Diseases, Conditions, Syndromes

Over 830,000 cholera vaccinations planned in DR Congo: WHO

More than 830,000 people in the Democratic Republic of Congo's North Kivu province will be vaccinated against cholera, which has claimed over 240 lives this year, the World Health Organization said Monday.

Diseases, Conditions, Syndromes

In Yemen, corruption worsened world's worst cholera outbreak

In the summer of 2017, a plane chartered by the United Nations idled on the tarmac at an airport in the Horn of Africa as officials waited for final clearance to deliver half a million doses of cholera vaccine to Yemen. Amid ...

Diseases, Conditions, Syndromes

Cholera kills two, infects 1,400 in cyclone-hit Mozambique

A cyclone-induced cholera outbreak in central Mozambique has killed two people and infected more than 1,400, the government announced Tuesday on the eve of the launch of a mass vaccination drive.

Diseases, Conditions, Syndromes

Cholera cases mount to over 1,000 in cyclone-hit Mozambique

Cholera has infected at least 1,052 people in Mozambique's cyclone-hit region, the health ministry said Monday in a new report, marking a massive increase from 139 cases reported four days ago.

Diseases, Conditions, Syndromes

Mozambique races to contain 1,000 cholera cases

Mozambican and international health workers raced Monday to contain a cholera outbreak in the cyclone-hit city of Beira and surrounding areas, where the number of cases has jumped to more than 1,000.

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Cholera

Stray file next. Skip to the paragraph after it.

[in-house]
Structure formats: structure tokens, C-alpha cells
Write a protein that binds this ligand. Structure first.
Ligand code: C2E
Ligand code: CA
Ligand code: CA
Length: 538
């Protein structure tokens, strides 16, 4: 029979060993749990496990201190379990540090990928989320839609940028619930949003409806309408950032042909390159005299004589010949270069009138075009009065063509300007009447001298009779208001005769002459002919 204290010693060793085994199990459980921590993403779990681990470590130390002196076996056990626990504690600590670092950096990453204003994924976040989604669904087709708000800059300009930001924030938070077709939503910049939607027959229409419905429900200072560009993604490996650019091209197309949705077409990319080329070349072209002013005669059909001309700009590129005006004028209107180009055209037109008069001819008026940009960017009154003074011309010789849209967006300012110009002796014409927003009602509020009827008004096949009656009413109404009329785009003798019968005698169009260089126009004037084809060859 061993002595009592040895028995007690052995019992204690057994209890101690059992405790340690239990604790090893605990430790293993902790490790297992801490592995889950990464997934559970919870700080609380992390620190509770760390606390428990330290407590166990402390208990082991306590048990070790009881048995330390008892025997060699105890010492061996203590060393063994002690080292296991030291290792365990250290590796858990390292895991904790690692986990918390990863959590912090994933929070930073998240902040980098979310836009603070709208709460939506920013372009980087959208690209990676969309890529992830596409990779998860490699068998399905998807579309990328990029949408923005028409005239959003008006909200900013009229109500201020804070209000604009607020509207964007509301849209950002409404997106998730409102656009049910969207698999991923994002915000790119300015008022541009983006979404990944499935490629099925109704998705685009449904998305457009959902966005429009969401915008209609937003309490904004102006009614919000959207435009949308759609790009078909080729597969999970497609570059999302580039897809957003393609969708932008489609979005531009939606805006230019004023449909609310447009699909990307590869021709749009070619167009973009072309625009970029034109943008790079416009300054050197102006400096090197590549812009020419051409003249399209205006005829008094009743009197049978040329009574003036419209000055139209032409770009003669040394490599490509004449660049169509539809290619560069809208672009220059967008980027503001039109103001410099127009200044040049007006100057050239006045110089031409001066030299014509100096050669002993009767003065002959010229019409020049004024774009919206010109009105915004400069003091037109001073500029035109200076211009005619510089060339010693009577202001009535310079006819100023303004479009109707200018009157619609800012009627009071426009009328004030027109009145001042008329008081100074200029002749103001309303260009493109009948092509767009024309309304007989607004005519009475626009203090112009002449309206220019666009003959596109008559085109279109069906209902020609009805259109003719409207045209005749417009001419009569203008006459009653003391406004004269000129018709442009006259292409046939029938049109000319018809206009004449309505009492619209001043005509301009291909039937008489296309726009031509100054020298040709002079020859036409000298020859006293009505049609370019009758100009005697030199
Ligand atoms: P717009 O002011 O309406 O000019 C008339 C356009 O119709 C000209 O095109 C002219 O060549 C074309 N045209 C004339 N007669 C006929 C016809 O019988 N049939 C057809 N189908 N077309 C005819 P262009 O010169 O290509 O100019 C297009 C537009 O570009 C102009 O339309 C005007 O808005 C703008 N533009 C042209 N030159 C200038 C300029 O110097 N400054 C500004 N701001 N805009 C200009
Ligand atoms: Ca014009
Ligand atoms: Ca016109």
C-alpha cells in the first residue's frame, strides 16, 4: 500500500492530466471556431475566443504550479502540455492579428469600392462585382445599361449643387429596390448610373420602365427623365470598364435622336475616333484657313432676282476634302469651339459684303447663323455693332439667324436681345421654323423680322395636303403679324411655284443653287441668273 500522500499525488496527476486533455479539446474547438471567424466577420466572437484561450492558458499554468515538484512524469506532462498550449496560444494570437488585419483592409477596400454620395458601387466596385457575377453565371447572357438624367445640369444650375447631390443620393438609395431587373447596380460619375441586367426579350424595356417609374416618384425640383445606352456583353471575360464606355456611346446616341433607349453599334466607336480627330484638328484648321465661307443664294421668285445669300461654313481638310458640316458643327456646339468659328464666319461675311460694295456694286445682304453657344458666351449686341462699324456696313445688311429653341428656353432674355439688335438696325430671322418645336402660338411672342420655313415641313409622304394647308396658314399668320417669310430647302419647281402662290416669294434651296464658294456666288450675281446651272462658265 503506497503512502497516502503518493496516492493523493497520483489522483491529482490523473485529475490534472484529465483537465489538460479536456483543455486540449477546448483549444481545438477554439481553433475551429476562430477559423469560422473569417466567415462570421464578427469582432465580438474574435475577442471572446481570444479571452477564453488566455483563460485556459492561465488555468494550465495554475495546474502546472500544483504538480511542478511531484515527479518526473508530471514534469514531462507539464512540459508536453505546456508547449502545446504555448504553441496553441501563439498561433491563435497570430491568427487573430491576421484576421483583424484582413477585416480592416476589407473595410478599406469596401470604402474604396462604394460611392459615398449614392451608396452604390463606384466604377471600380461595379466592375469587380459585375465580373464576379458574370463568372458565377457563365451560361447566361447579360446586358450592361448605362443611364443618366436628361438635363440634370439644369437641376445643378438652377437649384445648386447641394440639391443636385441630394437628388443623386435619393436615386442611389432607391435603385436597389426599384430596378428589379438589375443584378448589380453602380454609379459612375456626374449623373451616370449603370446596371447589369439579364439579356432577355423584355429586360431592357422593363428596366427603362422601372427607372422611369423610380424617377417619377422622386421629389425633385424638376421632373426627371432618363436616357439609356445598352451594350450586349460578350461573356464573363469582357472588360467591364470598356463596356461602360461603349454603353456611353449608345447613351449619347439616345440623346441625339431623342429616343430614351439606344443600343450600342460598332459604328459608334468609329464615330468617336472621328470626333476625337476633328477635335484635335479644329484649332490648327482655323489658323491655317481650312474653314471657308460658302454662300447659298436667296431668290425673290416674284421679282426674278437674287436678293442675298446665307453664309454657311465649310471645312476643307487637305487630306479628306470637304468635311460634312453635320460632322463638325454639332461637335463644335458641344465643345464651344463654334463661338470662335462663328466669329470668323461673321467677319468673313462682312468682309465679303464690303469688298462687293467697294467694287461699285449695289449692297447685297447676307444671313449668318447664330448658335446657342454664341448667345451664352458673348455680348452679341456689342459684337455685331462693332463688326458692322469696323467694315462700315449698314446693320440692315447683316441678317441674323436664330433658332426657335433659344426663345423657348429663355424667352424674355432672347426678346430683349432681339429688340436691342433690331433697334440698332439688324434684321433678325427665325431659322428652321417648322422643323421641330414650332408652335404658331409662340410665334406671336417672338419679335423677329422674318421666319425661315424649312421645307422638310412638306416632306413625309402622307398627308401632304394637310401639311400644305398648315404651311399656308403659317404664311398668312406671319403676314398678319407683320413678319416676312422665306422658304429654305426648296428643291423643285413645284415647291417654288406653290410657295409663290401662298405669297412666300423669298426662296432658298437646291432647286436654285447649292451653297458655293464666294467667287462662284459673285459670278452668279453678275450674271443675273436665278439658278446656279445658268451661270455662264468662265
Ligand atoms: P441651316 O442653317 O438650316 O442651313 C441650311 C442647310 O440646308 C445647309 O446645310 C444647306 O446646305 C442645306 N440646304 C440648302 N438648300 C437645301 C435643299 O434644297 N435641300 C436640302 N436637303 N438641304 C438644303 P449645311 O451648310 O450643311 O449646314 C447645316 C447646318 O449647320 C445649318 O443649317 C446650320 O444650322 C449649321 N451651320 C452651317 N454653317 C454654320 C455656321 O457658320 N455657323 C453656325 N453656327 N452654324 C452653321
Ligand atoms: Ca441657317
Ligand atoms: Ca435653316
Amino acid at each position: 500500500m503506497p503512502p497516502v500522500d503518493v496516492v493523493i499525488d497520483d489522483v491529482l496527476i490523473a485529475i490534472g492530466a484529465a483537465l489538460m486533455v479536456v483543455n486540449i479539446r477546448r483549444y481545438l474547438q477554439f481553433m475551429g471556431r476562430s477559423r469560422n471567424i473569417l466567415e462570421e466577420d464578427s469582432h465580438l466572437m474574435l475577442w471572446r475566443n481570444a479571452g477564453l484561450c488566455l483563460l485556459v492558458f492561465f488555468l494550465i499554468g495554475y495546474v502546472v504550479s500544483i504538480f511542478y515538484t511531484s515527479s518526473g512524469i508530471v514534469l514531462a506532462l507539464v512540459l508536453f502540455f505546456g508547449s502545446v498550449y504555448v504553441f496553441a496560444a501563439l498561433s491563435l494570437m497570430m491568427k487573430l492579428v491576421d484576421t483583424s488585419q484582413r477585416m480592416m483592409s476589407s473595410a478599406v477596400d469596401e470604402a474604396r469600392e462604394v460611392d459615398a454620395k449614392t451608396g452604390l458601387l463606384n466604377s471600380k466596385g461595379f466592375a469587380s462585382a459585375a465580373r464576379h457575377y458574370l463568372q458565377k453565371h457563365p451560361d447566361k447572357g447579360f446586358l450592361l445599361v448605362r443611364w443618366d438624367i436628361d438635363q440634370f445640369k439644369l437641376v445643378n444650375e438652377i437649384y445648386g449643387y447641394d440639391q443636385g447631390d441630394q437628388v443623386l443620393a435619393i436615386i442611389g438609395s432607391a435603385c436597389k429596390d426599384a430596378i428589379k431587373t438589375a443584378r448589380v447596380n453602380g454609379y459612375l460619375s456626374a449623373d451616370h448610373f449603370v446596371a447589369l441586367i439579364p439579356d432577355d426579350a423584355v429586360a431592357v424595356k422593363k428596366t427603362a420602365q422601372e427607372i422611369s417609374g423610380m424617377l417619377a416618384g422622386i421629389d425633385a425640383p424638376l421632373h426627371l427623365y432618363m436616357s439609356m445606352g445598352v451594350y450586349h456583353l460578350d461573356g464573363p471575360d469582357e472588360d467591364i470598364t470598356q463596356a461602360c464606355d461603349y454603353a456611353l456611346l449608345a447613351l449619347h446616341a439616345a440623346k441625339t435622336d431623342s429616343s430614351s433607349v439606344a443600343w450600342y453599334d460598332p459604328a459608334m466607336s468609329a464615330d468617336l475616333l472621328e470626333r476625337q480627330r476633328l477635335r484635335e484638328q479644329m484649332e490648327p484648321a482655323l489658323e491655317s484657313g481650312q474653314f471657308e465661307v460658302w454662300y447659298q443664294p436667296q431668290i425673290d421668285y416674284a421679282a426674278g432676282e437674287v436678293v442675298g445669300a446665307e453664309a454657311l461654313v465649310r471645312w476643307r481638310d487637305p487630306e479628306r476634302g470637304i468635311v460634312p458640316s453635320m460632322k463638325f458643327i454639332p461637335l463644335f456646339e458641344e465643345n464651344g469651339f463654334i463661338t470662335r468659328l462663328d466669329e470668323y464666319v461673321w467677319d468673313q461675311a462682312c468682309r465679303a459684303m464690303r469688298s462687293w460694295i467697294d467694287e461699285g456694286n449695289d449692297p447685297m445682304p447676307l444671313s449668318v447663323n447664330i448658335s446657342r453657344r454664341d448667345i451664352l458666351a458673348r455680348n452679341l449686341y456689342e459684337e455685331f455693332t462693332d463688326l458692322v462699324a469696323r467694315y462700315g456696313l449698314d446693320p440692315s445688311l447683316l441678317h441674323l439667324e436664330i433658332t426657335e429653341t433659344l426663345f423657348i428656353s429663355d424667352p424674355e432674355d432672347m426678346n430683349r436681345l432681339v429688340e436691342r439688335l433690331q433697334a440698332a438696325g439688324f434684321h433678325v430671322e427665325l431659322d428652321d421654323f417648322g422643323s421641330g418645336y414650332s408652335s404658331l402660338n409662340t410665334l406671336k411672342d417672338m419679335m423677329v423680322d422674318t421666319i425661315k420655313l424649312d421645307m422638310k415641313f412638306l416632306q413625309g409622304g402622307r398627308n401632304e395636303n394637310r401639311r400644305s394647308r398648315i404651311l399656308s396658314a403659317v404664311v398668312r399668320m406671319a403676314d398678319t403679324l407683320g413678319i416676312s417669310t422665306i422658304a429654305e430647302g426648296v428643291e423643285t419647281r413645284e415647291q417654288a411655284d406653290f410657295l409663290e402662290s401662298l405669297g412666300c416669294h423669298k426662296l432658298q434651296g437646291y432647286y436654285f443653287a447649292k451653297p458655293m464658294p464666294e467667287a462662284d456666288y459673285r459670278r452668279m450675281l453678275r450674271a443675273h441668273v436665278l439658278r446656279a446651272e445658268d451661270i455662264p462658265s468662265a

Cholera, sometimes known as Asiatic or epidemic cholera, is an infectious gastroenteritis caused by enterotoxin-producing strains of the bacterium Vibrio cholerae. Transmission to humans occurs through eating food or drinking water contaminated with Vibrio cholerae from other cholera patients. The major reservoir for cholera was long assumed to be humans themselves, but considerable evidence exists that aquatic environments can serve as reservoirs of the bacteria.

Vibrio cholerae is a Gram-negative bacterium that produces cholera toxin, an enterotoxin, whose action on the mucosal epithelium lining of the small intestine is responsible for the disease's most salient characteristic, exhaustive diarrhea. In its most severe forms, cholera is one of the most rapidly fatal illnesses known, and a healthy person's blood pressure may drop to hypotensive levels within an hour of the onset of symptoms; infected patients may die within three hours if medical treatment is not provided. In a common scenario, the disease progresses from the first liquid stool to shock in 4 to 12 hours, with death following in 18 hours to several days, unless oral rehydration therapy is provided.

The majority of reported cholera cases worldwide occur in Africa. It is estimated that most cases of cholera are unreported due to poor surveillance systems, particularly in Africa. Fatality rates are 5% of total cases in Africa, and less than 1% elsewhere. For a map of recent international outbreaks, see:[3]

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